Can you please give us your favorite “Life Lesson Quote”? Can you share how that was relevant to you in your life?
As corny as it sounds, my favorite quote comes from Franklin Roosevelt: “The only thing we have to fear is fear itself.” I believe fear is what holds people back from being successful entrepreneurs. The fear of failure often leads to inaction. I know I delayed starting my business with my business partner because I was afraid. It took years to overcome the fear before we started our business. I just wonder where we would be now if I hadn’t been hesitant all those years ago.
You are a person of great influence. If you could inspire a movement that would bring the most amount of good to the most amount of people, what would that be? You never know what your idea can trigger. 🙂
Education. We are a blessed nation that has, unfortunately, not properly funded our education system. This makes it difficult for people to learn and grow. Education provides the opportunity for growth, stability, literacy, contribution to society, and more. I’m a firm believer that it should be encouraged and we should strive to make our education system better.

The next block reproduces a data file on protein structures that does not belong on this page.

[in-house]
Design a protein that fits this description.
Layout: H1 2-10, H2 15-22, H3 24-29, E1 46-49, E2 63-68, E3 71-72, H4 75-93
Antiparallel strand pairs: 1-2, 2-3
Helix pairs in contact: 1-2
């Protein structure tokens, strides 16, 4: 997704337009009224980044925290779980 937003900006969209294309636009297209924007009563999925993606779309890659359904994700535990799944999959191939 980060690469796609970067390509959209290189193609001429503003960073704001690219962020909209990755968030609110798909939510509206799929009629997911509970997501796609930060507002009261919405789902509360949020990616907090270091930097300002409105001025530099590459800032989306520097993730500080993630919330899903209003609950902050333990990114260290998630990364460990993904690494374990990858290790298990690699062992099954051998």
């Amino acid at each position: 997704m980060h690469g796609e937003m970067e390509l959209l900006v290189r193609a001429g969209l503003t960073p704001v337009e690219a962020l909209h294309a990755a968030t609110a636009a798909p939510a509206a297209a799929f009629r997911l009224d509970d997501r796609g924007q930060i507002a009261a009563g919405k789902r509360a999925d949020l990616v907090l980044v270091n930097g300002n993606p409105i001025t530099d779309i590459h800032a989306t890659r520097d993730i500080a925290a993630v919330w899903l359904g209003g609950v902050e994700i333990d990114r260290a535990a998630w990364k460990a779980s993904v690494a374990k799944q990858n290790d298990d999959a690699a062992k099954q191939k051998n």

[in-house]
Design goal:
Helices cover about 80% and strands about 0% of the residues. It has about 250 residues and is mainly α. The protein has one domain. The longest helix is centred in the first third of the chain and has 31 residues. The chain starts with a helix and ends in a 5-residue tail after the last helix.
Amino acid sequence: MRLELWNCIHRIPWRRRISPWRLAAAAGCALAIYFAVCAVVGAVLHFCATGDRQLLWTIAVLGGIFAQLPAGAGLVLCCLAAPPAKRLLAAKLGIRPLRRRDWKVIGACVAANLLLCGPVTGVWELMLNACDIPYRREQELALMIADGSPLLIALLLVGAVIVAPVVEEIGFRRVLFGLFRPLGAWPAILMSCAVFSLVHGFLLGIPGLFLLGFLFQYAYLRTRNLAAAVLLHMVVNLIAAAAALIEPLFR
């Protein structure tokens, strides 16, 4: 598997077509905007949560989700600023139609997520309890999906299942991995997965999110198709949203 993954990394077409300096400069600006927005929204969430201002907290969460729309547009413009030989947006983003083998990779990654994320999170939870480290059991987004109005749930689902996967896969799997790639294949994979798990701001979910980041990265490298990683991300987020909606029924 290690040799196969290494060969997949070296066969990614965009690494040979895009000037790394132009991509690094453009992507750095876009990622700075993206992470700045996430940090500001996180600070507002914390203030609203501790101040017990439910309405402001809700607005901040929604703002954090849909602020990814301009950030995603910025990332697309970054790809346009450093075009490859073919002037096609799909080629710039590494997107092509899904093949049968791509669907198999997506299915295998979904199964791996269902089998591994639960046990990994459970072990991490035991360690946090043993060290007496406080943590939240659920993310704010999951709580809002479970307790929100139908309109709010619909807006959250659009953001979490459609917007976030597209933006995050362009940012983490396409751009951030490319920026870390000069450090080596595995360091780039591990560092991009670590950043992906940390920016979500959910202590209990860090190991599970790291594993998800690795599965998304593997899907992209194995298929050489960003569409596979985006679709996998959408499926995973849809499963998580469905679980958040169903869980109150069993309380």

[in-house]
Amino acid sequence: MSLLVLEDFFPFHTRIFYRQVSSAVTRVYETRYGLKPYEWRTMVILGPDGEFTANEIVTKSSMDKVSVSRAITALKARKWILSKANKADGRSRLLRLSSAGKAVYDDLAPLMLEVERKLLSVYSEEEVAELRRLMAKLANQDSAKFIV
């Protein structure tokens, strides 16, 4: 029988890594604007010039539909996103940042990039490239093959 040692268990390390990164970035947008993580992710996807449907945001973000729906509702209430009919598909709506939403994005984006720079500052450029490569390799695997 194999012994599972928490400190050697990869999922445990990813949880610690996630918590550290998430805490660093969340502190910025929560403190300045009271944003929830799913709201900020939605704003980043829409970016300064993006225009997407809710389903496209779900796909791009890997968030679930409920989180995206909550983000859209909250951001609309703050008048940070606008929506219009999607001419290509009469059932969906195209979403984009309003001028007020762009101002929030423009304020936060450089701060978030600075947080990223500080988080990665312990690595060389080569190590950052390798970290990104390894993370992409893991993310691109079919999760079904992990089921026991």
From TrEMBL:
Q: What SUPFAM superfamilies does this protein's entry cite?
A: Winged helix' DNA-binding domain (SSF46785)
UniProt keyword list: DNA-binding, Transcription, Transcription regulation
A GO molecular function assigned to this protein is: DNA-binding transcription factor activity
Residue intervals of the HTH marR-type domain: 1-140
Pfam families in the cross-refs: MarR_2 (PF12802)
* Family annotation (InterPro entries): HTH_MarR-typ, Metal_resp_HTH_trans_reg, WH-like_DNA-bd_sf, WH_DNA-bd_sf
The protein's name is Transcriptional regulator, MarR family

I would love to see our product, EVAN360, eventually playing a part in that. It could be used as a virtual tool that helps students connect to the right teacher or tutor for help when doing homework or studying. Better yet, schools could set up a network of students that could connect to one another and work together to solve problems.
How can our readers follow you online?
This was very inspiring. Thank you so much for joining us!